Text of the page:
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Cat in hat makes $10 million for town

  • Story Highlights
  • Tama the cat started hanging out at station at end of Japanese train line
  • Troubled train company started promoting Tama as "Super Stationmaster"
  • Now tourists flock to town, bring cameras and money for local economy
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From Kyung Lah
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KISHIKAWA, Japan (CNN) -- Tama is a 9-year-old calico cat, who used to live a simple life hanging out at the train station next to her home at the grocery store.

Tama the "Super Stationmaster," in her hat cocked at a rakish angle, has become a sensation.

Tama the "Super Stationmaster," in her hat cocked at a rakish angle, has become a sensation.

But with the addition of a hat, usually worn at a jaunty angle, she's become a local, national and even international star.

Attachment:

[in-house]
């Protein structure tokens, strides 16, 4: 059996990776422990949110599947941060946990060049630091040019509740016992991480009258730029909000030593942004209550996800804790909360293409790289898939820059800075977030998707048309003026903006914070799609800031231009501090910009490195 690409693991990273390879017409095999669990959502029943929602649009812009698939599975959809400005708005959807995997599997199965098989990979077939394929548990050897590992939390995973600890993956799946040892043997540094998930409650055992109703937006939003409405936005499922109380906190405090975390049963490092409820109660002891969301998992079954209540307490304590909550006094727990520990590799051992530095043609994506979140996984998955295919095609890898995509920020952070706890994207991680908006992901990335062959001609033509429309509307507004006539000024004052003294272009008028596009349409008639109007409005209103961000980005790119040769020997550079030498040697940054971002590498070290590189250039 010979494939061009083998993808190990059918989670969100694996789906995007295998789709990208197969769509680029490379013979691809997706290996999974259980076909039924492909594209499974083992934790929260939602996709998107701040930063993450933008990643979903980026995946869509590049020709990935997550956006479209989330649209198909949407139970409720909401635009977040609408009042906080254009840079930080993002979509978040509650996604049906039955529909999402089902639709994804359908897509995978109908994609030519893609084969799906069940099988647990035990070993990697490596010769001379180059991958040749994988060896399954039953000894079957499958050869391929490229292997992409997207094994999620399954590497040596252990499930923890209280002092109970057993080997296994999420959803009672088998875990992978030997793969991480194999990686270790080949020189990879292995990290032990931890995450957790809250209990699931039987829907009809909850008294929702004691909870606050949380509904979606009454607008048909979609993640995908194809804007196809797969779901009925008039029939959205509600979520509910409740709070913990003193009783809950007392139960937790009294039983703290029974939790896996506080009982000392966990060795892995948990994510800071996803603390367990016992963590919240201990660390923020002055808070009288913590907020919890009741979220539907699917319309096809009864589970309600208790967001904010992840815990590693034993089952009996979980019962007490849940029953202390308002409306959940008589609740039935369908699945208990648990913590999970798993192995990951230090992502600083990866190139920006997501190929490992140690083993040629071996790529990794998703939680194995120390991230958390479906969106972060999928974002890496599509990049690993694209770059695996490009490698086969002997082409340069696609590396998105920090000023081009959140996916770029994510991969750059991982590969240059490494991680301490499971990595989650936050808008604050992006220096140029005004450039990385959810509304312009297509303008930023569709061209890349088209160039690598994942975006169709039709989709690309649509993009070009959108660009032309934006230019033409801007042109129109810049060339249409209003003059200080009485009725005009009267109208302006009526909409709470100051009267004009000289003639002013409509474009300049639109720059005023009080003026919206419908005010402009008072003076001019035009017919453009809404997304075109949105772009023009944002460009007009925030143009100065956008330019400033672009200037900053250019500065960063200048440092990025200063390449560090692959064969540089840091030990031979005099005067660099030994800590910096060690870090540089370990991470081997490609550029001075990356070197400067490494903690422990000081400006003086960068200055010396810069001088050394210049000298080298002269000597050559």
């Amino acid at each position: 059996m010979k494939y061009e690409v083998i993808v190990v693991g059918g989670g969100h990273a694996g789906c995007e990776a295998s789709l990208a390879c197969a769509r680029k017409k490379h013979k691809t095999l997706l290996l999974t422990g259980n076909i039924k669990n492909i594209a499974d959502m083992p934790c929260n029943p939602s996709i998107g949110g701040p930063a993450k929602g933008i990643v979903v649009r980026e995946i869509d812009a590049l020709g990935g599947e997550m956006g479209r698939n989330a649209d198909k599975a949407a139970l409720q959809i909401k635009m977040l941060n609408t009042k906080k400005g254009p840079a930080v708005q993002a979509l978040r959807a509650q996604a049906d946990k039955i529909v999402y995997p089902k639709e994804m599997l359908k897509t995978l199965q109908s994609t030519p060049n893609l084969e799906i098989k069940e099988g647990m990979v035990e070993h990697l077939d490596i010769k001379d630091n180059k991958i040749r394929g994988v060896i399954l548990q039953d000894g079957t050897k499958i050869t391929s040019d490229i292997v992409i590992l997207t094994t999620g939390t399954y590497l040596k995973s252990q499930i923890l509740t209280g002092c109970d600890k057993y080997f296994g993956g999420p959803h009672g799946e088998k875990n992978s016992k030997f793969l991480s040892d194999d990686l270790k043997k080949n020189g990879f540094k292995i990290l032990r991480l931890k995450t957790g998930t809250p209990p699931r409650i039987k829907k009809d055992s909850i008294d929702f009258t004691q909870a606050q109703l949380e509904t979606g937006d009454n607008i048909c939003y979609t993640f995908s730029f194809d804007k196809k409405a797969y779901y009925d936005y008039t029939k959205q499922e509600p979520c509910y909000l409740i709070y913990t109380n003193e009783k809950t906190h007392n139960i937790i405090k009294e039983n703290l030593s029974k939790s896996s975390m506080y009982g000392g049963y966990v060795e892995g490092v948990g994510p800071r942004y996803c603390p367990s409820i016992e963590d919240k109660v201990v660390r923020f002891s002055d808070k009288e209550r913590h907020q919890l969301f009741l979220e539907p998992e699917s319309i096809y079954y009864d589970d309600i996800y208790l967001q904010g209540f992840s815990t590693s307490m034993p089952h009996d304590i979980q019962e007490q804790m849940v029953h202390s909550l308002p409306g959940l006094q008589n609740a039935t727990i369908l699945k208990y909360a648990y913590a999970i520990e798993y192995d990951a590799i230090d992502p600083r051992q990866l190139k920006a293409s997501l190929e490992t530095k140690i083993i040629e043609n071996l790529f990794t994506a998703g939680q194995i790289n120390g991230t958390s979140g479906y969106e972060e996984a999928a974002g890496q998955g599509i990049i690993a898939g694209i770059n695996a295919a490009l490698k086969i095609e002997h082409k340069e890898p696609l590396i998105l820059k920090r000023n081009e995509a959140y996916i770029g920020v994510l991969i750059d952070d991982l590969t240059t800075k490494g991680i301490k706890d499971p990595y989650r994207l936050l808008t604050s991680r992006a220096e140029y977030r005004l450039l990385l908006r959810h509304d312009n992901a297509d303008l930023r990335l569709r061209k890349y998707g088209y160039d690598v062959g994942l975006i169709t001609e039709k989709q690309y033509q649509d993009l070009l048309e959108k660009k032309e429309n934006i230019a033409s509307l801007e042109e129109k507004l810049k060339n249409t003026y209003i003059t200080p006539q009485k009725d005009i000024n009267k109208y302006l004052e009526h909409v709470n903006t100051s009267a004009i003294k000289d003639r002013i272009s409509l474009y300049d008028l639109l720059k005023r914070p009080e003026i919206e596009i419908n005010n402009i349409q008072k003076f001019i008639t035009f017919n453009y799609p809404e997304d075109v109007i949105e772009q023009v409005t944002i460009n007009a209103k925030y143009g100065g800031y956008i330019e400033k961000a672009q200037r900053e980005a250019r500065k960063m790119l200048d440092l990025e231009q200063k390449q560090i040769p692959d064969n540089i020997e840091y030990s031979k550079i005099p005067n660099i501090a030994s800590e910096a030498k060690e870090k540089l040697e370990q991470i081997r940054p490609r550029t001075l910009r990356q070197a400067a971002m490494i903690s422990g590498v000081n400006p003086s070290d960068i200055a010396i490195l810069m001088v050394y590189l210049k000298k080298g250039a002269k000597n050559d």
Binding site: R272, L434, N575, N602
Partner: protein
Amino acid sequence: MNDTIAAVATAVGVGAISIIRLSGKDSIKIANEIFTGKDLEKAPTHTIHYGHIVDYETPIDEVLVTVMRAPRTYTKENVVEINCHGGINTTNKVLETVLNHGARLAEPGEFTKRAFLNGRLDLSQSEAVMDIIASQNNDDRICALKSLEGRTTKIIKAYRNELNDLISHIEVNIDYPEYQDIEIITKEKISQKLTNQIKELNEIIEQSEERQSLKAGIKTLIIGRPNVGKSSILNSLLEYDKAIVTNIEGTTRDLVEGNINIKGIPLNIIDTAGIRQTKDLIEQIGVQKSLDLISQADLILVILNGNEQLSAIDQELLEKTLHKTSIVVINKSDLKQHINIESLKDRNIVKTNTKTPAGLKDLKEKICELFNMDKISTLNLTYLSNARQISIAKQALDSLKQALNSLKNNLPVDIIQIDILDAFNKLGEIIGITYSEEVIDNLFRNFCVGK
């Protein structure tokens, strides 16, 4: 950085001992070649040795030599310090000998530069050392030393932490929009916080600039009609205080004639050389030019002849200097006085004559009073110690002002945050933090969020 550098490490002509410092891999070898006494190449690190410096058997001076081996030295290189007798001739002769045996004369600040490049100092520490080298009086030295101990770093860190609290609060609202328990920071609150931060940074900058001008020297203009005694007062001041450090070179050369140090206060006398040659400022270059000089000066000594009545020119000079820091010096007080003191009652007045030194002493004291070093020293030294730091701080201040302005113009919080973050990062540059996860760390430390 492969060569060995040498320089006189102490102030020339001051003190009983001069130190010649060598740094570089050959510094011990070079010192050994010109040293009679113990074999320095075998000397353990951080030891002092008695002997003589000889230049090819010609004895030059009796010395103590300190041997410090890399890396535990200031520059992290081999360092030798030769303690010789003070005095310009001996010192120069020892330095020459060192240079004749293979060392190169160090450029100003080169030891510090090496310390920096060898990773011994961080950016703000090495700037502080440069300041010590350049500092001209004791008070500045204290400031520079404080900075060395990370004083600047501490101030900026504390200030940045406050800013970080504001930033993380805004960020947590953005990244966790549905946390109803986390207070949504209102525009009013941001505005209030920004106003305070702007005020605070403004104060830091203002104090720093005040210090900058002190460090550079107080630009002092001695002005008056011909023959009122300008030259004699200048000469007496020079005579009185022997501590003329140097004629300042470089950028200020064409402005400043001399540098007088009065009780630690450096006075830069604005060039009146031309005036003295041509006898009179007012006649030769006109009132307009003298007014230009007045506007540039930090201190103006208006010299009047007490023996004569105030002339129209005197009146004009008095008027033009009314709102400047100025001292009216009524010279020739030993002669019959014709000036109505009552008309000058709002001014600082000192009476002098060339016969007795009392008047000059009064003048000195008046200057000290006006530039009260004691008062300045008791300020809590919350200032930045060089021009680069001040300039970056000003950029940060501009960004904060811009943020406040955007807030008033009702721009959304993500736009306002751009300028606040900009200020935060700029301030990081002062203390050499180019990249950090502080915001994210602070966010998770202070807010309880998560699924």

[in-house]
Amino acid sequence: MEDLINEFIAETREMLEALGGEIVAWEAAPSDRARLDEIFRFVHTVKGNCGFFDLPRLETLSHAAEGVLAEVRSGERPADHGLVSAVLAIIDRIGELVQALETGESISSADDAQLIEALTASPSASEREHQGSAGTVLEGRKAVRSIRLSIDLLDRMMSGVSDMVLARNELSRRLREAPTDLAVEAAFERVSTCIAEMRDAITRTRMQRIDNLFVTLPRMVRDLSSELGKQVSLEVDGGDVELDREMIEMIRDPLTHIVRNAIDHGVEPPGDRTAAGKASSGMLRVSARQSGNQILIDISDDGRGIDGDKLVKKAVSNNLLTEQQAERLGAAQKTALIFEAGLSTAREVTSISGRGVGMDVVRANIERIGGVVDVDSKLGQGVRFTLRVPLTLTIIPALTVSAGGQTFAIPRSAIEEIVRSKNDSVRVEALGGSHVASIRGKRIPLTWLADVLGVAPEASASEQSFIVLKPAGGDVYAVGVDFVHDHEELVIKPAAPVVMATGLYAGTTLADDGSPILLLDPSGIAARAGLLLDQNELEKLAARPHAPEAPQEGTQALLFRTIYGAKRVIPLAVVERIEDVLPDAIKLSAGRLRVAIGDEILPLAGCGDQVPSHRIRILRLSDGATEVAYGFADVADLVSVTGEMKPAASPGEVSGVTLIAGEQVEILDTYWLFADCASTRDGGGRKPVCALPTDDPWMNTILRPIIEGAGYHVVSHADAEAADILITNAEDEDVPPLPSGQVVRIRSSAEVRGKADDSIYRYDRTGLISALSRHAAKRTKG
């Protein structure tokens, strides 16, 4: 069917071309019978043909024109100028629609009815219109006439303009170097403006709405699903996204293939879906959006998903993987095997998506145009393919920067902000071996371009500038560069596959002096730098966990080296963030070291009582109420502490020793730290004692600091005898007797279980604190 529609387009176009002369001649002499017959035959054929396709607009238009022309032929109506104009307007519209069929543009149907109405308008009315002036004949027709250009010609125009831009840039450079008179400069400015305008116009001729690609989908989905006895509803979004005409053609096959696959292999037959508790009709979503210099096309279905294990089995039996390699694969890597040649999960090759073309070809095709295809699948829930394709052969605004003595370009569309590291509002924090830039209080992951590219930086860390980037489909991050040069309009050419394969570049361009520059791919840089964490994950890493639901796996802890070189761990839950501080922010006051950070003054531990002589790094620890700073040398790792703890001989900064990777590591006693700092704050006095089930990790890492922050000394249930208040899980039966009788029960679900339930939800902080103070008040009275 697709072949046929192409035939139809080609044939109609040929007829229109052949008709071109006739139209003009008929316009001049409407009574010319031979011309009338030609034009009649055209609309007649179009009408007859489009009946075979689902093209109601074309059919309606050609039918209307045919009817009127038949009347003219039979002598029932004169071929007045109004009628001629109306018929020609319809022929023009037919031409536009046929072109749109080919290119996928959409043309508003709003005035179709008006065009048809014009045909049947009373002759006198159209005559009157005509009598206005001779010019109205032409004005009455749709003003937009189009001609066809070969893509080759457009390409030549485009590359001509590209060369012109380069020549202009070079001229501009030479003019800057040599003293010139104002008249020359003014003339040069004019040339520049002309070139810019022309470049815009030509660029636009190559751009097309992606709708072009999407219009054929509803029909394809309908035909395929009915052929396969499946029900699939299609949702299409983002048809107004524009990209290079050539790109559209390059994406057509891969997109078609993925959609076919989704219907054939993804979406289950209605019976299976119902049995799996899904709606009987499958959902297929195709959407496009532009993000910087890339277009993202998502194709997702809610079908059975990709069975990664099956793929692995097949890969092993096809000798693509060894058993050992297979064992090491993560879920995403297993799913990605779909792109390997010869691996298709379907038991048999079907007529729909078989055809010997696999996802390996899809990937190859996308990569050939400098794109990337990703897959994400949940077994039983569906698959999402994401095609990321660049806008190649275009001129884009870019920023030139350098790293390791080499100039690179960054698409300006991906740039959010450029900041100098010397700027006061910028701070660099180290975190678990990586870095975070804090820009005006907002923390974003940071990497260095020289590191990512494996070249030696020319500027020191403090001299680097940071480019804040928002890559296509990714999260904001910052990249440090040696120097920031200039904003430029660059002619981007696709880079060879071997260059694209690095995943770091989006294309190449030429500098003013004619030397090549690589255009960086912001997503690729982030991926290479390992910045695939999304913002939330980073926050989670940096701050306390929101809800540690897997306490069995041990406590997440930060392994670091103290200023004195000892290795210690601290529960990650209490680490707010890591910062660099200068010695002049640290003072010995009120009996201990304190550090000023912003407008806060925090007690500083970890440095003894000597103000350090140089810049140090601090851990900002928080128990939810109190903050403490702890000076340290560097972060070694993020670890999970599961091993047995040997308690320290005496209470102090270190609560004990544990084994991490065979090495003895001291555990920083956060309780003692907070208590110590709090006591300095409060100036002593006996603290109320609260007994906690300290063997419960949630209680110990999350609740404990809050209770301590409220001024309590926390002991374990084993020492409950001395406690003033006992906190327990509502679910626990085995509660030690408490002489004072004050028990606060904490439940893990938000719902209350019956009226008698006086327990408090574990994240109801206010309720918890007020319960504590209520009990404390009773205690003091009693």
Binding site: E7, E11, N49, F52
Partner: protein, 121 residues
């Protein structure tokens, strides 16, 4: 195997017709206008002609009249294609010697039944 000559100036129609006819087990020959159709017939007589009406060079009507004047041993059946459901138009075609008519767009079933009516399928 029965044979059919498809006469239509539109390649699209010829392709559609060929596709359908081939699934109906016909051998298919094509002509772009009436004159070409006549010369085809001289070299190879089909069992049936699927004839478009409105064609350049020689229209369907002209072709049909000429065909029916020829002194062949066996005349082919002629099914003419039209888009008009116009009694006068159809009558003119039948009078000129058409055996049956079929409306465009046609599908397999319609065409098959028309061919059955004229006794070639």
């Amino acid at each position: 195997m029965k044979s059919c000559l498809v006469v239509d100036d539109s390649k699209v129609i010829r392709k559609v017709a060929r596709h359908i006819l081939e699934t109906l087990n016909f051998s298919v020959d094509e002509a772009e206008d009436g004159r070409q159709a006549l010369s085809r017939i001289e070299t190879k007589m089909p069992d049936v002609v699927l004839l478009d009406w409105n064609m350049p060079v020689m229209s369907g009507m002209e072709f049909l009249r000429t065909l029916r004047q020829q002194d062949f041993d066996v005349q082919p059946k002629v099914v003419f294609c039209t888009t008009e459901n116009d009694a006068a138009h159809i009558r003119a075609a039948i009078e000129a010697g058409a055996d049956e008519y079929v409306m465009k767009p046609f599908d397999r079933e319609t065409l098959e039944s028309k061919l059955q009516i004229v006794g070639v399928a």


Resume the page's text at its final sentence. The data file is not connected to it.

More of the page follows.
Tama's home of Kishikawa in Japan is an isolated town of just a few thousand people, the last stop on what had been a failing train line.

That all changed when the Wakayama Electric Railway decided to use Tama as a mascot.

They called her a "Super Stationmaster," made a promotional poster for train carriages and gave her that stationmaster's hat.

Now tourists flock here to see the cat and to snap a picture. Video Watch Tama greet passengers at the station »

"It's a chance to take a break from the problems facing Japan," said Haruto Maeda, who took the day off work to see Tama.

As well as their cameras, visitors are bringing their cash. A study at Osaka University found that Tama fever was responsible for pumping $10 million into the local economy.

Tama merchandise abounds, empty train carriages are now full and the line is no longer facing bankruptcy. The town of Kishikawa is enjoying an economic turnaround amid the national and global slowdown.


Tama now lives full-time at the station, with her mom and a friend.

She's the prize of the town's locals who say that in these tough economic times they'll take a gift horse -- or cat -- wherever they can get it.

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